• Formulate strategies to carry out a process design and critically appraise the techniques and major commercial simulation tools for steady and dynamic process simulation. 
  • Apply competently the basic principles of process optimisation.
  • Design and analyse the performance of a process plant using simulation or optimisation tools.

Heat and Power Generation Systems

Module Leader
  • Dr Kumar Patchigolla
Aim
    This module provides an understanding of the fundamentals of operation, configuration and characteristics of thermal systems. Students will also learn how to apply these for design of energy-efficient furnaces and boilers and key implementation issues of various types of power plant.
Syllabus
    • Fuels and thermal conversion processes: primary solid and liquid fuels. Carbonisation of solid fuels. Thermodynamic equations. Dissociation and chemical equilibrium. Process efficiency, emission control and standards
    • Furnaces and boilers: types of furnaces and classification. Heat transfer in furnaces, efficient furnace and boiler design. Boiler efficiency and part-load operation and its maintenance.
    • Overview: World electricity demand and generation. Fuels. Environmental impacts.
    • Steam power plants: Thermodynamic principles. Fuels. Steam power generation cycles.
    • Gas turbine and combined-cycle power plants: Gas turbine engines and performance. Gas turbine cycles. Combined-cycle power plants.
    • Diesel- and gas-engine power plants: Diesel engines. Fuels. Emission control. Heat recovery systems.
    • Nuclear power generation: Basic nuclear physical processes (fission and fusion). Nuclear fuels. Types of reactors. Safety considerations in the nuclear industry. Developments in nuclear fusion. Decommissioning problems of nuclear sites. Nuclear‑waste disposal systems.
    • Fuel cells: Definition and principles of operation. Losses and efficiency. Possible fuels. Fuel-cell technologies and applications (alkaline fuel cells, molten carbonate fuel cells, phosphoric acid fuel cells, solid oxide fuel cells, and regenerative fuel cells).
    • CHP systems: CHP schemes (micro-scale CHP systems, small‑scale CHP systems, large‑scale CHP systems including district heating schemes). Application of CHP systems for the provision of heating, cooling and electric power. Selection criteria of CHP prime-movers. Integration of CHP systems into site services. Feasibility analysis of CHP schemes using spreadsheets/software tools. Case study (site appraisal for CHP scheme and evaluation of economic and environmental viability).
    • Advanced power plants: geothermal plants and its applications. Solar thermal enhanced designs and new materials. Innovative SCO2 cycles to operate at higher temperatures, bringing higher energy output.
Intended learning outcomes

On successful completion of this module a student should be able to:

  • Critically evaluate the fundamentals and laws governing energy conversion and appraise various fuels and their characteristics.
  • Assess the operation of furnaces and boilers based on a fundamental understanding of the governing laws, and debate issues influencing the design/selection of furnaces and boilers and future trends
  • Debate  issues related to the performance of conventional power-generation plants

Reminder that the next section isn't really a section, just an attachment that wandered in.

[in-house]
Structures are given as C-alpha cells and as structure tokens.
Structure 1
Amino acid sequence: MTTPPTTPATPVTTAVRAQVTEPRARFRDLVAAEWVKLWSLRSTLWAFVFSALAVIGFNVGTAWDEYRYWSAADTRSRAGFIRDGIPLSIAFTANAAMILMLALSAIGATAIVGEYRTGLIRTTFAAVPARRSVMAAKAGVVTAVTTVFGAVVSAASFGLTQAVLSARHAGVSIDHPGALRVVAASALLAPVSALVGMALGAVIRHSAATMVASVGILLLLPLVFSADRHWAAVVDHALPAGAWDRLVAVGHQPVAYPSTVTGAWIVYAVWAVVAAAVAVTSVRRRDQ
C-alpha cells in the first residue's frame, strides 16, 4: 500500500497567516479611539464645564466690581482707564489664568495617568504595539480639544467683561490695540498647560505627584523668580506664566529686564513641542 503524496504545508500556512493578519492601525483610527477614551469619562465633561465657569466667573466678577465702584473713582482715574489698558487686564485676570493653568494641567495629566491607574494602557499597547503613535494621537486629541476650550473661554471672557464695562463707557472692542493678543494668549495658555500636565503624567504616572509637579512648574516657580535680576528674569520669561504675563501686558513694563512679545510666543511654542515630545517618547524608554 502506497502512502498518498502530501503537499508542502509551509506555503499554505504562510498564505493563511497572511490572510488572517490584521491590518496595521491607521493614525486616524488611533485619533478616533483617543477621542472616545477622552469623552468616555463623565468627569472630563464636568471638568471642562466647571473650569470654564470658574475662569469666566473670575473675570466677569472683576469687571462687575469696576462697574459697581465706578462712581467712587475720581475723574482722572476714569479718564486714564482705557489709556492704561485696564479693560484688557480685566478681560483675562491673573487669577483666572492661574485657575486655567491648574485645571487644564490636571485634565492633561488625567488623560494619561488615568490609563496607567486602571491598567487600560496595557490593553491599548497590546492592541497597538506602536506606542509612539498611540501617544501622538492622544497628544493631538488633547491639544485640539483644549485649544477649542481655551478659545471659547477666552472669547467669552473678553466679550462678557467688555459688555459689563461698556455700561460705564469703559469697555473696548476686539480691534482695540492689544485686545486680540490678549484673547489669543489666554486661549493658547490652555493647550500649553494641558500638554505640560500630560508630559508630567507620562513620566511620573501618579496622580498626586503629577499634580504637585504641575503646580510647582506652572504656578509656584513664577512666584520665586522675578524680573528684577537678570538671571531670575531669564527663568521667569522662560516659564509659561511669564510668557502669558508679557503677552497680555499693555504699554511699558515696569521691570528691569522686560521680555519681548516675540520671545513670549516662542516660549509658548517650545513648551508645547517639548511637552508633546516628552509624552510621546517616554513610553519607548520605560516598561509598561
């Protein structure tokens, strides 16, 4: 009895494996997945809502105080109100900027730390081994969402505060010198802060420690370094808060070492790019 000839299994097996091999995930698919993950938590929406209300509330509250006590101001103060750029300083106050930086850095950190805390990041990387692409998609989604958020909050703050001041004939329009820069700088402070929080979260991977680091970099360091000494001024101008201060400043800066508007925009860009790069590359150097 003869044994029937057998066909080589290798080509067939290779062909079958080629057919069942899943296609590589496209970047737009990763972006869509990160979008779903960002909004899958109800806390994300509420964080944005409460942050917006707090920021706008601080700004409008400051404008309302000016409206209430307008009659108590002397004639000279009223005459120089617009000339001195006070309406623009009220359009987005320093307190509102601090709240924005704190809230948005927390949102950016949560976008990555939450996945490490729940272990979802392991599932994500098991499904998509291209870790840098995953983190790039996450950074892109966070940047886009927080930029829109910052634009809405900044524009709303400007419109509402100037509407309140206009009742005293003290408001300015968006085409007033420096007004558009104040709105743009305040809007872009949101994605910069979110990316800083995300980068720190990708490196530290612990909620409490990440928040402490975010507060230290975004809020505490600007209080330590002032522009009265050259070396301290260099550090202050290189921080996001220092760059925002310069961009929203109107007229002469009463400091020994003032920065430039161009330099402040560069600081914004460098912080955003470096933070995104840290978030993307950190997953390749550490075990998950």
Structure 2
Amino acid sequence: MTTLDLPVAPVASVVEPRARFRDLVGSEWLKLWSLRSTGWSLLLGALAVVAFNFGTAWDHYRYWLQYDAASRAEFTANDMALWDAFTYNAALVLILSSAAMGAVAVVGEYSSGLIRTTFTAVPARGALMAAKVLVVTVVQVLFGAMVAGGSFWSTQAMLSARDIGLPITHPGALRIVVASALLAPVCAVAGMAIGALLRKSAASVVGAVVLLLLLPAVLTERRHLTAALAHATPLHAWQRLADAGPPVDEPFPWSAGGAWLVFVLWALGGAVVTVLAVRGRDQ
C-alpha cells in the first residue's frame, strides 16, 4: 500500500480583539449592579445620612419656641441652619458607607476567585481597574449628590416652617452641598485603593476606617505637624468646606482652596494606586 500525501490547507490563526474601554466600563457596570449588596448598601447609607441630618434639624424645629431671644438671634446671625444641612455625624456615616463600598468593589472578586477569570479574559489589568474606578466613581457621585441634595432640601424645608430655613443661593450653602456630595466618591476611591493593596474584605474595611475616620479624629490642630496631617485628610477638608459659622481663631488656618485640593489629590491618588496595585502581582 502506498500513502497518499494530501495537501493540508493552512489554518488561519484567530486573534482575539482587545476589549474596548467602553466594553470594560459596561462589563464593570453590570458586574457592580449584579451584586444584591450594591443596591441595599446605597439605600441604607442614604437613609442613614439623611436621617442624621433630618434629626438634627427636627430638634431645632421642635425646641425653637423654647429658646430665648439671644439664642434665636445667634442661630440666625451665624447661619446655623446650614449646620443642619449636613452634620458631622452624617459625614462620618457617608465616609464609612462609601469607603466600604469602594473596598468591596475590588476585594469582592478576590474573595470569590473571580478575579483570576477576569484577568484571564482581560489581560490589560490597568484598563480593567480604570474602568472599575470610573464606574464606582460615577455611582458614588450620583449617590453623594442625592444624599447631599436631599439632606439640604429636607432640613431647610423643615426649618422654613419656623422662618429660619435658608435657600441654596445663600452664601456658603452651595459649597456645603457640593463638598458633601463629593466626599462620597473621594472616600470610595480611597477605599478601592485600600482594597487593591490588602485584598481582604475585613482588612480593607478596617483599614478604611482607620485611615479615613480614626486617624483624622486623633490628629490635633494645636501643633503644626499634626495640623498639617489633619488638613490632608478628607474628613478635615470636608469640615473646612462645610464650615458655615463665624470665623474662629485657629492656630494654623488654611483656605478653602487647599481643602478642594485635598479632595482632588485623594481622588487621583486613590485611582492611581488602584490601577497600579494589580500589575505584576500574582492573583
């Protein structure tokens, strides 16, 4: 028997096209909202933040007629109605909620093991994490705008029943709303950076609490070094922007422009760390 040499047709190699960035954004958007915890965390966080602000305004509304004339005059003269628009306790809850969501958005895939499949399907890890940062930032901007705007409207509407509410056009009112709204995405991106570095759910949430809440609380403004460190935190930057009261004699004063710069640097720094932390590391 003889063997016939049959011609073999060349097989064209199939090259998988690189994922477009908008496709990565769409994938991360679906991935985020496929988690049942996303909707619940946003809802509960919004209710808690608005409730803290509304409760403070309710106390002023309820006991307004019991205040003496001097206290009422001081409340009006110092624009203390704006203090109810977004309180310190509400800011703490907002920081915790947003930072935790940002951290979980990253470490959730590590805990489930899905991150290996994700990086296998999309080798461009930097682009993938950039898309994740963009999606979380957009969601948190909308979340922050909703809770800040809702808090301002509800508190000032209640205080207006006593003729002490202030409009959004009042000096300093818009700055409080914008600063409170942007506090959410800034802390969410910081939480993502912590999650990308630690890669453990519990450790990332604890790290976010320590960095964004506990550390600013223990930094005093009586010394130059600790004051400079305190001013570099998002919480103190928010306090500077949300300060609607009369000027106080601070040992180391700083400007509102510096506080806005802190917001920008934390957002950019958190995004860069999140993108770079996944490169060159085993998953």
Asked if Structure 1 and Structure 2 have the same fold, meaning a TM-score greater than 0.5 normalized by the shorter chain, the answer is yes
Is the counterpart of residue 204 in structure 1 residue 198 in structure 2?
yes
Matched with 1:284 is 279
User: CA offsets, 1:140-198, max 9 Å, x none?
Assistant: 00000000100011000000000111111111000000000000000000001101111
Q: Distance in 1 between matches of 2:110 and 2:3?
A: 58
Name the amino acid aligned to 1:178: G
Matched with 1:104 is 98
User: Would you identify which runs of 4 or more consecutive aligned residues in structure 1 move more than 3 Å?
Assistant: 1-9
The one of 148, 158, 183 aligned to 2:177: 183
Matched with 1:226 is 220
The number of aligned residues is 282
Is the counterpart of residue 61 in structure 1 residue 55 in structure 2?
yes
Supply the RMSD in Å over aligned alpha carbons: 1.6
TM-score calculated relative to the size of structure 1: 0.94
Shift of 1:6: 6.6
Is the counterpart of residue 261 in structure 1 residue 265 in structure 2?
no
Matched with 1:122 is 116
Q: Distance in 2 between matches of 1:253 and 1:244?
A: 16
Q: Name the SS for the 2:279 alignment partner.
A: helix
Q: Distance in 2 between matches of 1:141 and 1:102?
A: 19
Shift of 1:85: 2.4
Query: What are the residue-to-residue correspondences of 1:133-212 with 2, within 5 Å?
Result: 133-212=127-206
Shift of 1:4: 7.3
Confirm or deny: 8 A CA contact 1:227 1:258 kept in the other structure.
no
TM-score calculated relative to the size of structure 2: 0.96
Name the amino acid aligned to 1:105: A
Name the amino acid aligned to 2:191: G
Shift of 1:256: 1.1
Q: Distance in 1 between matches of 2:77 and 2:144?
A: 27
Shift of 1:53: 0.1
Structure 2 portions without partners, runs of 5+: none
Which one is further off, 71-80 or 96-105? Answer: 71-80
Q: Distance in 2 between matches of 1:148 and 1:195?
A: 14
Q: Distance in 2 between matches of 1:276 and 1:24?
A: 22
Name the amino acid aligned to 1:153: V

• Propose appropriate  technologies  for improving energy-utilisation efficiency of power-generation plants
  • Assess the need of a particular industrial/commercial site for a CHP system, identify the appropriate systems and undertake design, sizing and economic analyses
  • Review critically technologies employed for advanced power generation systems (Geo-thermal, solar thermal, SCO2 cycle) and it's applications.

Advanced Optimisation of Process and Energy Systems

Aim

    To introduce fundamental optimisation principles and tools for the design, analysis and optimisation of processes and operations in the energy and process industry.

Syllabus
    • Nonlinear unconstrained and constrained optimisation principles.
    • Linear programming.
    • Mixed integer programming.
    • Decision-making model building.
    • Introduction to multi-parametric programming.
    • Optimisation under uncertainty.
    • Introduction to general algebraic modelling languages (i.e., GAMS and AIMMS).
    • Several optimisation problems to be addressed, such as:
      • Heat exchanger networks design.
      • Process synthesis and optimal selection of processes.
      • Operational and cleaning planning of network of compressors.
      • Production scheduling and planning.
      • Energy planning of combined heat and power systems.
      • Supply chain operations in energy and process industries.
    • Presentation of real case studies from the energy and process industry.

Intended learning outcomes

On successful completion of this module a student should be able to:

  • Appraise basic optimisation and model building principles, and a familiarity with optimisation tools.
  • Apply effectively state-of-the-art decision-making approaches in supply chain problems (process and energy systems).
  • Apply competently optimisation methods for problems related to energy and process industries.
  • Design and optimise the operational aspects of a process plant or energy system using optimisation tools. 

Teaching team

You will be taught by industry-active research academics from Cranfield with an established track record, supported by visiting lecturers from industry. To ensure the programme is aligned to industry needs, the course is directed by its own Industrial Advisory Committee.

How to apply

Online application form. UK students are normally expected to attend an interview and financial support is best discussed at this time. Overseas and EU students may be interviewed by telephone.